A Million Ways To Die In The West Review

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Studio: Bluegrass Films, Fuzzy Door Productions, Media Rights Capital
Running Time: 116 mins

Verdict: 2.5 / 5

Seth MacFarlane, the highest paid writer in television history, has moved from the childhood talking bear (Ted) to the dirty Wild West by taking adult comedy films to another level. If you want to watch a film that will warm your heart and tickle your funny bone into hyper submission through adolescent humour then you will enjoy A Million Ways to Die in the West.

Besides directing, co-writing and producing the film, Seth embarked on his first acting role by playing Albert Stark, a meek sheep farmer that is despondent with the harsh life of the American frontier. According to Albert, it’s a dreadful place to live where “everything that’s not you wants to kill you”. Wild beasts, reviled hookers, infuriated drunks, Native Americans, cholera, the weather and of course, the outlaws. Albert is permanently petrified as he is convinced that he has found A Million Ways to Die in the West.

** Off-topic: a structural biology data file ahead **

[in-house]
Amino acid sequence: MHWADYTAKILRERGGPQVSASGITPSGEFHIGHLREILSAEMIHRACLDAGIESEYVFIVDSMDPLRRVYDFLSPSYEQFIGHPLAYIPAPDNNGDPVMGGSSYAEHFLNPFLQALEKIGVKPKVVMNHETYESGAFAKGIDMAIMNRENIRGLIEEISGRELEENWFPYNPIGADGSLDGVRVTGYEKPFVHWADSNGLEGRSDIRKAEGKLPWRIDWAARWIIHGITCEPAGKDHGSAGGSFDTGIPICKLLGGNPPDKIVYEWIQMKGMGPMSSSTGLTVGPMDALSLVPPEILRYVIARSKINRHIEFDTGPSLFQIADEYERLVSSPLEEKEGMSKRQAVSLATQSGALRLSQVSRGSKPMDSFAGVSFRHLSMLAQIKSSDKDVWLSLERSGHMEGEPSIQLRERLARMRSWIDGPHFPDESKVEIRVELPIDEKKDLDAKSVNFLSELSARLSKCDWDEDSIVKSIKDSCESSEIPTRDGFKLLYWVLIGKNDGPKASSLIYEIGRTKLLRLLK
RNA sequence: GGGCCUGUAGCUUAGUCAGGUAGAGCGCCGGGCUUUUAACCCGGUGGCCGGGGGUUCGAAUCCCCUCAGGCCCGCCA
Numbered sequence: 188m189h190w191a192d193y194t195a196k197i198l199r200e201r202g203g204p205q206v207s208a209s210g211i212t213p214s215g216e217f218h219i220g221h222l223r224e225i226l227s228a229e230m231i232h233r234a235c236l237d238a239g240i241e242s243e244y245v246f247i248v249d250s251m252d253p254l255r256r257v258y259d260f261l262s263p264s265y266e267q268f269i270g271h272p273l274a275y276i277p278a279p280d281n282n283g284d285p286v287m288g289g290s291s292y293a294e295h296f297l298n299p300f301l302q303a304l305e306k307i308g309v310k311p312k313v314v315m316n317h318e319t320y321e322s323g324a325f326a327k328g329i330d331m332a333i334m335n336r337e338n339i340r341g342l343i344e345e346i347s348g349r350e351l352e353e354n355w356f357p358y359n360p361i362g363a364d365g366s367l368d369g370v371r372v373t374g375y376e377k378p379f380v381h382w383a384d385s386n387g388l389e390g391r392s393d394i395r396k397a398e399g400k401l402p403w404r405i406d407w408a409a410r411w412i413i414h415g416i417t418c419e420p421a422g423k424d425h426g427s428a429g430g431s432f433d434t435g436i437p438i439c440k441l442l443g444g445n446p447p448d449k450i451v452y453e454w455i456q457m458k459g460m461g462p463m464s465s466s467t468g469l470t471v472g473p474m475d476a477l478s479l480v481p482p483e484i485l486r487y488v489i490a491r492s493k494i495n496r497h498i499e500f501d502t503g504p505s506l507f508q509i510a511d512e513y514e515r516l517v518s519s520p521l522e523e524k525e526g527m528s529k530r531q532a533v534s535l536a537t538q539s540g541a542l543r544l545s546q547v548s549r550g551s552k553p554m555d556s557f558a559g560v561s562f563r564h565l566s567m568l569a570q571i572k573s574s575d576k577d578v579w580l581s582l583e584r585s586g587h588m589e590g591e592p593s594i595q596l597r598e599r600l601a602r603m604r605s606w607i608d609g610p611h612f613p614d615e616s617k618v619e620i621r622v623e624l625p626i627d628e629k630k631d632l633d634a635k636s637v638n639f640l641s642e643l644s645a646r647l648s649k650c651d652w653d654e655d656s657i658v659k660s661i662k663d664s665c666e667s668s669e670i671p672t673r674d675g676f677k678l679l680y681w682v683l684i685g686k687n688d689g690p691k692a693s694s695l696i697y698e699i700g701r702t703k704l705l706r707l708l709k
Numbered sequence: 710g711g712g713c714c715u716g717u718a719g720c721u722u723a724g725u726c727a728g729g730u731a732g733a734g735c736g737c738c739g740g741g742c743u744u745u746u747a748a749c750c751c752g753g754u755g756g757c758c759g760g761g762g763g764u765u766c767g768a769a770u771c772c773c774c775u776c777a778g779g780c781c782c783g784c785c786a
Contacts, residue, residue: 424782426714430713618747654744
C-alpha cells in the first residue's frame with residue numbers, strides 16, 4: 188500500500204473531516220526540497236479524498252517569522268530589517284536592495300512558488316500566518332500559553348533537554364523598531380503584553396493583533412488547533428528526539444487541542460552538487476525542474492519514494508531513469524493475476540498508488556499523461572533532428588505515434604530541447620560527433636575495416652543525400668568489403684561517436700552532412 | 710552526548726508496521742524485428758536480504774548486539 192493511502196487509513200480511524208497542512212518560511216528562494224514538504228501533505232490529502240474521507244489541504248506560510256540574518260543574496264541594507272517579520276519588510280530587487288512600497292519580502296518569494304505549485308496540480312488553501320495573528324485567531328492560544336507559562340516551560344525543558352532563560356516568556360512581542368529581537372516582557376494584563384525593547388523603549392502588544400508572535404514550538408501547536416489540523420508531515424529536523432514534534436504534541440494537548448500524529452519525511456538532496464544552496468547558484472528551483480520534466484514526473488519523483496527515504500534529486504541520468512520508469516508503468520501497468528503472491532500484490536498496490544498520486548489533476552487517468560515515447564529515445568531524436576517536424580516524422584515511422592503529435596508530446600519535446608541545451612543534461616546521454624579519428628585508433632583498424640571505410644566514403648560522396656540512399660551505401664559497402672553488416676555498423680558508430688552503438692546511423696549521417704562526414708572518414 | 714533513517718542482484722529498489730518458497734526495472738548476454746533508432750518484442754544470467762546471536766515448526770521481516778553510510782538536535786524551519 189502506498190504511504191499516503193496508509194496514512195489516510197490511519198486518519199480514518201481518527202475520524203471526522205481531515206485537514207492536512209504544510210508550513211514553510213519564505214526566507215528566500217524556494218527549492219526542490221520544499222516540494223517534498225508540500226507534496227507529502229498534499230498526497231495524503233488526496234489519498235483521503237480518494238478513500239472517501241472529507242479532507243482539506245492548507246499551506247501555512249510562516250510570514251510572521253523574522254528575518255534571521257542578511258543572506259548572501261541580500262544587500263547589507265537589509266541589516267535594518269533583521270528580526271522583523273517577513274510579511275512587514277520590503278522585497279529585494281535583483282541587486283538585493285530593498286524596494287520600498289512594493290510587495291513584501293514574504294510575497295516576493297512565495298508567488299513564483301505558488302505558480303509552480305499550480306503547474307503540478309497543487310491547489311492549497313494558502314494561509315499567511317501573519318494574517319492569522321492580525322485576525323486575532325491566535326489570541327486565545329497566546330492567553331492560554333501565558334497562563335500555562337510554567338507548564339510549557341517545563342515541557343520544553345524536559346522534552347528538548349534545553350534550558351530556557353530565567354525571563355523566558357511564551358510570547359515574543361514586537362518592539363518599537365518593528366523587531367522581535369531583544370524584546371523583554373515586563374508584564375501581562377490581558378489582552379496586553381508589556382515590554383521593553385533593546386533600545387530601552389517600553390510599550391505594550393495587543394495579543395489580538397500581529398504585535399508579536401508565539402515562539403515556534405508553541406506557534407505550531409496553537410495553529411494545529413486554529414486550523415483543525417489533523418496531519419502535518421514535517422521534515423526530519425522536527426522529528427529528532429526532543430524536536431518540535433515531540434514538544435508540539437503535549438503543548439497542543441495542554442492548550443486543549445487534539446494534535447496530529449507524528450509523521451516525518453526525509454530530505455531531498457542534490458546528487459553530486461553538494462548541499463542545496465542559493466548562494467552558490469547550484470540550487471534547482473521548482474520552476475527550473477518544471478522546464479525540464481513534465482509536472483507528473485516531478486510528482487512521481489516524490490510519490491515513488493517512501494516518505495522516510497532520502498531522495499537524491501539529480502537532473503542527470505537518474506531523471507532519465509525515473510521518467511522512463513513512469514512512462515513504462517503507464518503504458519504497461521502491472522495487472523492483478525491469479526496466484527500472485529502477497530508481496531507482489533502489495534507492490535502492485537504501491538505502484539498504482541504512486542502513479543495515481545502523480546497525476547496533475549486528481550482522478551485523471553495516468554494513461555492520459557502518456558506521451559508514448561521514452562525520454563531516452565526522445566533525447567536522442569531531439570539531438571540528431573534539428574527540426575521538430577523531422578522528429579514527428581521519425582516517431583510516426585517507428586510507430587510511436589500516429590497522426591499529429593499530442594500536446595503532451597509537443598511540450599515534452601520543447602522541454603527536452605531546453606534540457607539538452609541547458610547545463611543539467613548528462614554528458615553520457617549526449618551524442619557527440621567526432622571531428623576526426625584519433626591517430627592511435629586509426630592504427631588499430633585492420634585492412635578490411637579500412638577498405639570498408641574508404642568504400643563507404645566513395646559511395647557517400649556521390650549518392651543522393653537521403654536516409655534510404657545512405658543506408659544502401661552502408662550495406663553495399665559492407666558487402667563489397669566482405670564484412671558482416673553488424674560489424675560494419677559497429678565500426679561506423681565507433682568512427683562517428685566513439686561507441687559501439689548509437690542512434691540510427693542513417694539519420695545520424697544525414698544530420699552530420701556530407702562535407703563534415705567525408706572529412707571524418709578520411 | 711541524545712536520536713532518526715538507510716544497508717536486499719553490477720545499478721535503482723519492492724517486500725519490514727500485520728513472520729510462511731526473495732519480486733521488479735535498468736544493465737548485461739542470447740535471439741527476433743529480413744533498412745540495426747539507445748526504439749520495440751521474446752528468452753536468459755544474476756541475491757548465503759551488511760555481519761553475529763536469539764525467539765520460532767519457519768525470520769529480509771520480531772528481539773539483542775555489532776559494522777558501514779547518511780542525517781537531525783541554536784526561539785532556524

Albert’s cowardly attitude toward life is what keeps him alive. Unfortunately, it’s this attitude that causes his picky girlfriend Louise (Amanda Seyfried) to run off with the cocky shop owner of the local moustachery. While throwing himself a pity party over his lost love, he befriends Anna (Charlize Theron), a mysterious desirable woman who is new to the West. Alas! They discover that they have much in common in this one-horse town and he falls in love with her only to find out that she is betrothed to the deadliest outlaw in the West, Clinch Leatherwood (Liam Neeson). When the notorious gun-slinger Clinch arrives in town seeking revenge against Albert, he has to put on his big boy boots and his courage is put to the test.

What saved this film from its extremely predictable plot line and “sheepish” humour was Charlize Theron’s performance as the sassy Anna. It’s also evident that Micheal Barrett, the cinematographer definitely enjoyed filming the vast monument valleys and blue skies to create the frills of an old school western. Another saving grace was the credited stunt team and remarkable set design that brought the story to life.

If you rate a film on how often it makes you laugh, then A Million Ways to Die in the West proves to be filled with laughs. Although the majority of these are generated by blasphemy, stereotypical jokes, cameos and harsh humour.

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